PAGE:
If you think you ‘know’ the answers to these questions in an absolute sense – you are wrong. All of this ‘knowledge’ is based on empirical observation. We could all be in The Matrix, stuck in a cell with our brains connected to the machine, or in Nozick’s Experience Machine I wrote about Confessions of an Addict. We don’t ‘know’ anything for a fact (except for the fact that we don’t know). And yet, we still talk as if we do.
An Empiricist Approach
Our use of the word ‘know’ is therefore not absolute but empirical – derived from science which is based on an empirical approach to ‘truth’: we make observations, form theories, test these theories over repeated observations and eventually declare them to be facts. When we say we ‘know’ gravity exists on earth, we have repeatedly observed it and have no evidence to the contrary (except for Jesus walking on water). As Bertrand Russel wrote:
One must remember that some things are very much more probable than others and may be so probable that it is not worth while to remember in practice that they are not wholly certain, except when it comes to questions of persecution.
The evidence we use to reach ‘knowledge’ is limited to a few centuries of human observation and only decades of reliable notation. It is entirely possible there are aliens walking this earth now, we just can’t see them. Nonetheless, this form of knowledge has radically transformed our world with the scientific approach leading to much of the economic growth in the Western World.
Therefore, any atheist who is gnostic, should be using the word ‘know’ in this relative sense – from what we have observed, there is no empirical evidence to suggest there is a god. (Ironically, many religious individuals use ‘know’ in a more absolute sense but this is not considered a stronger stance.) Otherwise, they are no better than the atheists in the following hilarious David & Mitchell skit.
An Unfalsifiable Claim and Teapot Atheism
Many agnostics still argue that in the case of god, the claim to ‘know’ is too strong given that we will never be able to disprove the existence of god – it is unfalsifiable. (I will ignore the argument that makes this redundant: we cannot absolutely ‘prove’ anything.) However, there are infinite things we cannot disprove. If we can conceive of something beyond human recognition, which is hard given our human centric world, then it is easy to see how maybe the Flying Spaghetti Monster (absolutely hilarious & addictive song), or aliens are around us all the time.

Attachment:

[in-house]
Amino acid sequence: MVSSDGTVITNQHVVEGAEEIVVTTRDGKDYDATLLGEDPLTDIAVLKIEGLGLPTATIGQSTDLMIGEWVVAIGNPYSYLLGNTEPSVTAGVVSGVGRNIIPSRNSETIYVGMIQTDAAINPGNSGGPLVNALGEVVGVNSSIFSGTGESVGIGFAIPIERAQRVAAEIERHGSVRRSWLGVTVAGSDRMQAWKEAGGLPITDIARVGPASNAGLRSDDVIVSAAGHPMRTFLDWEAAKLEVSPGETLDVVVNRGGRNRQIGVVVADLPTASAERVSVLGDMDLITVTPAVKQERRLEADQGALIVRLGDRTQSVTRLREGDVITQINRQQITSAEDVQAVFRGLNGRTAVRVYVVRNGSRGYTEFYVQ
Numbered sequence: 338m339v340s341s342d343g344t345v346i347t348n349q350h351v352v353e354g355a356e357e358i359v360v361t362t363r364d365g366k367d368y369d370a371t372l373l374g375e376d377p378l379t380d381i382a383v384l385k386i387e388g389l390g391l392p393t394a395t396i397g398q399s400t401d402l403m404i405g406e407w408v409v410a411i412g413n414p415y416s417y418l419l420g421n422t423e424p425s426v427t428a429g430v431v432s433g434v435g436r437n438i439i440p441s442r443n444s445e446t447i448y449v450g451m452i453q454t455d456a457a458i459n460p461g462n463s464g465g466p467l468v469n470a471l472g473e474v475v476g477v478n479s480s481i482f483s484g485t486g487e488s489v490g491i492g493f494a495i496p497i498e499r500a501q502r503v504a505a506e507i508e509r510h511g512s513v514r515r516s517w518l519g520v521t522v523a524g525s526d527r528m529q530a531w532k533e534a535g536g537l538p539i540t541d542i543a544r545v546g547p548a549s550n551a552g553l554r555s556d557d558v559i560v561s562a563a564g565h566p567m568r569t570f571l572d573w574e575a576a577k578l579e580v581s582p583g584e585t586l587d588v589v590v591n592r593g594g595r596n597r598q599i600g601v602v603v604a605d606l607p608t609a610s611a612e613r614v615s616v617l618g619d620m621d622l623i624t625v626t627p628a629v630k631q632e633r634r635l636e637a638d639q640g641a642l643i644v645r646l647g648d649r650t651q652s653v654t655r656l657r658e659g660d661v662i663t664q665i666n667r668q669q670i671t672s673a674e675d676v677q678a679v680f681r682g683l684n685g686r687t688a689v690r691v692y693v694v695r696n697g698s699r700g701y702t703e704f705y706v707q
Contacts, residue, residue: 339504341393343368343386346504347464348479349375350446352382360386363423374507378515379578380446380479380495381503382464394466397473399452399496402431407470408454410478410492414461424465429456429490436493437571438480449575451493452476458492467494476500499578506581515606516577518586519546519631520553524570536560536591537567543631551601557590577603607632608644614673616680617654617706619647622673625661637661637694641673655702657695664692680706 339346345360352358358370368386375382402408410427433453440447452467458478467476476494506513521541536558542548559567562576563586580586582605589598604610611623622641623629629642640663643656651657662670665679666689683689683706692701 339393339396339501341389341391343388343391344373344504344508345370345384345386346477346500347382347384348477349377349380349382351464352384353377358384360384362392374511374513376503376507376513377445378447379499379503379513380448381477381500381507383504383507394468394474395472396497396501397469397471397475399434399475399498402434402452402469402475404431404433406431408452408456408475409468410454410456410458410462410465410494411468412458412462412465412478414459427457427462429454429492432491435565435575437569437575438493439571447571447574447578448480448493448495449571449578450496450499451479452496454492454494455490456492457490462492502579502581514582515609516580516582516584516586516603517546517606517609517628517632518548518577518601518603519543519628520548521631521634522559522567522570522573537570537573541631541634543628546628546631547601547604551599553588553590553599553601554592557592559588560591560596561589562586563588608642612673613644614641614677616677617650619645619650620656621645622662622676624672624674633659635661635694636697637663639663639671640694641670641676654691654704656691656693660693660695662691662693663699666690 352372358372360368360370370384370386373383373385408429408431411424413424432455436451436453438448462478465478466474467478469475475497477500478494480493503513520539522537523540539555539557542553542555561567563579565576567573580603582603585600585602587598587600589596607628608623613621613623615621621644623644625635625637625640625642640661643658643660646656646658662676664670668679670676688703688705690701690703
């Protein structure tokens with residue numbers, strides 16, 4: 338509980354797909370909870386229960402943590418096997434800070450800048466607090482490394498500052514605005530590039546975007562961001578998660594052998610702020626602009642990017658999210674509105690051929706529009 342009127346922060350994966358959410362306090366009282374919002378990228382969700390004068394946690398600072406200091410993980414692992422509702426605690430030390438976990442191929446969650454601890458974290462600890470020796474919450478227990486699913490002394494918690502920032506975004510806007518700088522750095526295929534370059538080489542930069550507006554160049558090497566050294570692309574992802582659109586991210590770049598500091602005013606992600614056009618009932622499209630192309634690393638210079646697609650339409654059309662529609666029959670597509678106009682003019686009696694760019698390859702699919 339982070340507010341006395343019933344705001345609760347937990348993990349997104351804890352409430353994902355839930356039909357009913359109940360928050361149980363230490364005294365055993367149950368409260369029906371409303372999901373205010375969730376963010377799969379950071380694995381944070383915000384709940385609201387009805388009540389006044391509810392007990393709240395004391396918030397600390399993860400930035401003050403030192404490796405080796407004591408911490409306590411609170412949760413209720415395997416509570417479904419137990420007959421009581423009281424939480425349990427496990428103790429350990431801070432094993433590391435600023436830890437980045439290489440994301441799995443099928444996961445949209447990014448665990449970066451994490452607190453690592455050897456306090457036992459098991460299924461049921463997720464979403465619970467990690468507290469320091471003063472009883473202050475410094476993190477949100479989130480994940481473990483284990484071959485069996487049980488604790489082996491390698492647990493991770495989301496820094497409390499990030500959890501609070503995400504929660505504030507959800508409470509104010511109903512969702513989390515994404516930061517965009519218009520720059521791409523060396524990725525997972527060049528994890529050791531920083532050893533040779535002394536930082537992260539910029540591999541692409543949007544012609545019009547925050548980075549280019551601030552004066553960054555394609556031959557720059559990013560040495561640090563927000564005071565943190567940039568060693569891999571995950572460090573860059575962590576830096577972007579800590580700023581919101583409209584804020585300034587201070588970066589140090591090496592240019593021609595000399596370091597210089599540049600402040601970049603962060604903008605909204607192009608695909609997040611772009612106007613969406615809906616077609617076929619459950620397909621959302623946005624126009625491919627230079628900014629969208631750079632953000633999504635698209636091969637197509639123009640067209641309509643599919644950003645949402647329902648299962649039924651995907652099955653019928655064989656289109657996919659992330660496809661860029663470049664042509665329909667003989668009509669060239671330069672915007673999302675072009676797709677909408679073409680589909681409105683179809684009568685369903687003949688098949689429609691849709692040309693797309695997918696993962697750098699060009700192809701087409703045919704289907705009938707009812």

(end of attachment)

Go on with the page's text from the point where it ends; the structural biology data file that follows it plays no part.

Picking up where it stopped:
In the face of this, the Philosopher Bertrand Russel argued for ‘Teapot Atheism’, here is Dawkins explaining it. In Western societies, we learn to believe in things we can prove and not in those that we cannot disprove. Why is this? Because we live in an empiricist world…
A Tentative Conclusion
Atheism is confused with the arguments of prominent atheists like Dawkins & Hitchens who challenge the role of religion in society. In reality, an Atheist can be Agnostic, Agnosticism is not a ‘Third Way’ and atheists can see value in religion.
Also, in any absolute sense of knowledge, just like Jon Snow from Game of Thrones, we know nothing. Instead, we claim to ‘know’, despite the unfalsifiability of many claims, using the relative term based on the empiricist approach. In this context, I hope, atheism seems like a more reasonable stance and this brings the certainty with which we say ‘know’ into perspective.
Bertrand Russell, in his piece here, summed up the distinction best here:
There is exactly the same degree of possibility and likelihood of the existence of the Christian God as there is of the existence of the Homeric God….Therefore, in regard to the Olympic gods, speaking to a purely philosophical audience, I would say that I am an Agnostic. But speaking popularly, I think that all of us would say in regard to those gods that we were Atheists.